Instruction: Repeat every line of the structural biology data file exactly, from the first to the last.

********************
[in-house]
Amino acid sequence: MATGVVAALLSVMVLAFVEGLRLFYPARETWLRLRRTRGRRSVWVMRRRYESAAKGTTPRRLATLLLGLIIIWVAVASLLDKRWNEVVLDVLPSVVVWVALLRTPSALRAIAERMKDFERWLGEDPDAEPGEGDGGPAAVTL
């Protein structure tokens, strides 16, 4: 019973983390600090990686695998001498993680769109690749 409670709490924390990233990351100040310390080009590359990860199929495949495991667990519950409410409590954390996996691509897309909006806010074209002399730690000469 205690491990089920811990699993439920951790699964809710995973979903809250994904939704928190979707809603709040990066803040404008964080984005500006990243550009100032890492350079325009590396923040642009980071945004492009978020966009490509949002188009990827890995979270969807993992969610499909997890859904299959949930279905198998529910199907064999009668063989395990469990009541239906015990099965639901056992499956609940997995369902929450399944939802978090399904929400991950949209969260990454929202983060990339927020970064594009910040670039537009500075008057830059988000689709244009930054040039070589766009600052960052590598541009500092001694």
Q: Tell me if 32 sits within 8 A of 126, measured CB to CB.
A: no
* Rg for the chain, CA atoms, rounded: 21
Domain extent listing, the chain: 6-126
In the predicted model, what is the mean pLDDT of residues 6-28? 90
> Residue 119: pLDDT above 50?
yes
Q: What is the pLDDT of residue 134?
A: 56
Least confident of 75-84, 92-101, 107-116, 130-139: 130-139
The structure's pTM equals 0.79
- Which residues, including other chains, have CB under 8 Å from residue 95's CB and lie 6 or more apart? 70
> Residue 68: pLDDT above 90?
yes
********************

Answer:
[in-house]
Amino acid sequence: MATGVVAALLSVMVLAFVEGLRLFYPARETWLRLRRTRGRRSVWVMRRRYESAAKGTTPRRLATLLLGLIIIWVAVASLLDKRWNEVVLDVLPSVVVWVALLRTPSALRAIAERMKDFERWLGEDPDAEPGEGDGGPAAVTL
């Protein structure tokens, strides 16, 4: 019973983390600090990686695998001498993680769109690749 409670709490924390990233990351100040310390080009590359990860199929495949495991667990519950409410409590954390996996691509897309909006806010074209002399730690000469 205690491990089920811990699993439920951790699964809710995973979903809250994904939704928190979707809603709040990066803040404008964080984005500006990243550009100032890492350079325009590396923040642009980071945004492009978020966009490509949002188009990827890995979270969807993992969610499909997890859904299959949930279905198998529910199907064999009668063989395990469990009541239906015990099965639901056992499956609940997995369902929450399944939802978090399904929400991950949209969260990454929202983060990339927020970064594009910040670039537009500075008057830059988000689709244009930054040039070589766009600052960052590598541009500092001694």
Q: Tell me if 32 sits within 8 A of 126, measured CB to CB.
A: no
* Rg for the chain, CA atoms, rounded: 21
Domain extent listing, the chain: 6-126
In the predicted model, what is the mean pLDDT of residues 6-28? 90
> Residue 119: pLDDT above 50?
yes
Q: What is the pLDDT of residue 134?
A: 56
Least confident of 75-84, 92-101, 107-116, 130-139: 130-139
The structure's pTM equals 0.79
- Which residues, including other chains, have CB under 8 Å from residue 95's CB and lie 6 or more apart? 70
> Residue 68: pLDDT above 90?
yes